Comprehensive Genomic Profiling Reveals Diverse but Actionable Molecular Portfolios across Hematologic Malignancies: Implications for Next Generation Clinical Trials.

Overview of hematopoietic malignancies and most frequent alterations.

Galanina et al. (2018) Cancers. CC BY 4.0

Galanina N, Bejar R, Choi M, Goodman A, Wieduwilt M, Mulroney C, Kim L, Yeerna H, Tamayo P, Vergilio JA, Mughal TI, Miller V, Jamieson C, Kurzrock R


December 21, 2018

Background: The translation of genomic discoveries to the clinic is the cornerstone of precision medicine. However, incorporating next generation sequencing (NGS) of hematologic malignancies into clinical management remains limited. Methods: We describe 235 patients who underwent integrated NGS profiling (406 genes) and analyze the alterations and their potential actionability. Results: Overall, 227 patients (96.5%) had adequate tissue. Most common diagnoses included myelodysplastic syndrome (22.9%), chronic lymphocytic leukemia (17.2%), non-Hodgkin lymphoma (13.2%), acute myeloid leukemia (11%), myeloproliferative neoplasm (9.2%), acute lymphoblastic leukemia (8.8%), and multiple myeloma (7.5%). Most patients (N = 197/227 (87%)) harbored ≥1 genomic alteration(s); 170/227 (75%), ≥1 potentially actionable alteration(s) targetable by an FDA-approved (mostly off-label) or an investigational agent. Altogether, 546 distinct alterations were seen, most commonly involving TP53 (10.8%), TET2 (4.6%), and DNMT3A (4.2%). The median tumor mutational burden (TMB) was low (1.7 alterations/megabase); 12% of patients had intermediate or high TMB (higher TMB correlates with favorable response to anti-PD1/PDL1 inhibition in solid tumors). In conclusion, 96.5% of patients with hematologic malignancies have adequate tissue for comprehensive genomic profiling. Most patients had unique molecular signatures, and 75% had alterations that may be pharmacologically tractable with gene- or immune-targeted agents.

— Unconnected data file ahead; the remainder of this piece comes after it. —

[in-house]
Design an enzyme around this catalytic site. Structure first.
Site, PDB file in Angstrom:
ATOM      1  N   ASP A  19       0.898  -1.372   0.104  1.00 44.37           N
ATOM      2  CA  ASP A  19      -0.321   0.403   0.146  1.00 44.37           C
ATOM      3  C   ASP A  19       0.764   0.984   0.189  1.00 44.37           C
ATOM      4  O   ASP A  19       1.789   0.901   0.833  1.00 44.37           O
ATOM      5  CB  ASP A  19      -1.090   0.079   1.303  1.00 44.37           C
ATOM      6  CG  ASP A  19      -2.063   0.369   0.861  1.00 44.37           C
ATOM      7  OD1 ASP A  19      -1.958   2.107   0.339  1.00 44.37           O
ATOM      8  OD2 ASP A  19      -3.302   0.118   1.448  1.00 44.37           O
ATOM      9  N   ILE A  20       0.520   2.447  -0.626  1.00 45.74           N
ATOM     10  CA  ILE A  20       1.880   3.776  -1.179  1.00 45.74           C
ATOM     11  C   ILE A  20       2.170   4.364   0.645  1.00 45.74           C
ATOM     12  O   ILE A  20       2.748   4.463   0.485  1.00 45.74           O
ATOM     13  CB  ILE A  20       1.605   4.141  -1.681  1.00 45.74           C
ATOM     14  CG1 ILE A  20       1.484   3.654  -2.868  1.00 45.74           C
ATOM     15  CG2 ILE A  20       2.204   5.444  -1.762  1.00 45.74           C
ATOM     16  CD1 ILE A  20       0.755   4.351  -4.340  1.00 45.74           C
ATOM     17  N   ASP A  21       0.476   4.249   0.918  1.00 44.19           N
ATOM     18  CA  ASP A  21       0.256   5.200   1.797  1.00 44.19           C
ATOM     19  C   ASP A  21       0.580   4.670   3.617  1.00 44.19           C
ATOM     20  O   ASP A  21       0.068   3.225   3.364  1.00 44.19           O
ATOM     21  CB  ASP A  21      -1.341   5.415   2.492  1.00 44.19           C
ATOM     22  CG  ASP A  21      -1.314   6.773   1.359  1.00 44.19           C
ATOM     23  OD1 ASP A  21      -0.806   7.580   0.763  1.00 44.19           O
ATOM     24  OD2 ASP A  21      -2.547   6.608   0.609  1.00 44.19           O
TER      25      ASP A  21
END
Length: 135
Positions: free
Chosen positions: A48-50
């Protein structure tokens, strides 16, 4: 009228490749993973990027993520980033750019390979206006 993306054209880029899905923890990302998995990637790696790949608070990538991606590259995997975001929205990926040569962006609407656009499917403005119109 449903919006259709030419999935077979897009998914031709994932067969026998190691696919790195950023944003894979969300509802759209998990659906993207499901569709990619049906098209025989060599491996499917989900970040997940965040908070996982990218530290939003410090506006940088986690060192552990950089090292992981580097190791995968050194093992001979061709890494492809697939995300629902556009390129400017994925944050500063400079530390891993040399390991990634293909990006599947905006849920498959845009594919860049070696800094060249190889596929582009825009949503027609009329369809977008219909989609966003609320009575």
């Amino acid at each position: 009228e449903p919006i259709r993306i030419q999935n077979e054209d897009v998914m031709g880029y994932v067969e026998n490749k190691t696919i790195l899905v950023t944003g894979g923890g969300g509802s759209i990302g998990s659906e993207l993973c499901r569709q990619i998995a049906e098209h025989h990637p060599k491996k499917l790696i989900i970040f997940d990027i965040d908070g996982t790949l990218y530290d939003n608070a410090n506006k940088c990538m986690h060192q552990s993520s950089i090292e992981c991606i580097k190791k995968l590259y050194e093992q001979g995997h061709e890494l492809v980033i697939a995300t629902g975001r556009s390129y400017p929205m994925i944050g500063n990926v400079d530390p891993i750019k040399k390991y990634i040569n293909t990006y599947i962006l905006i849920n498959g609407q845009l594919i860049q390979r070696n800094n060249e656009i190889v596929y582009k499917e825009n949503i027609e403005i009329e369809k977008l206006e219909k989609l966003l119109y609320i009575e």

Last updated: June 25, 2019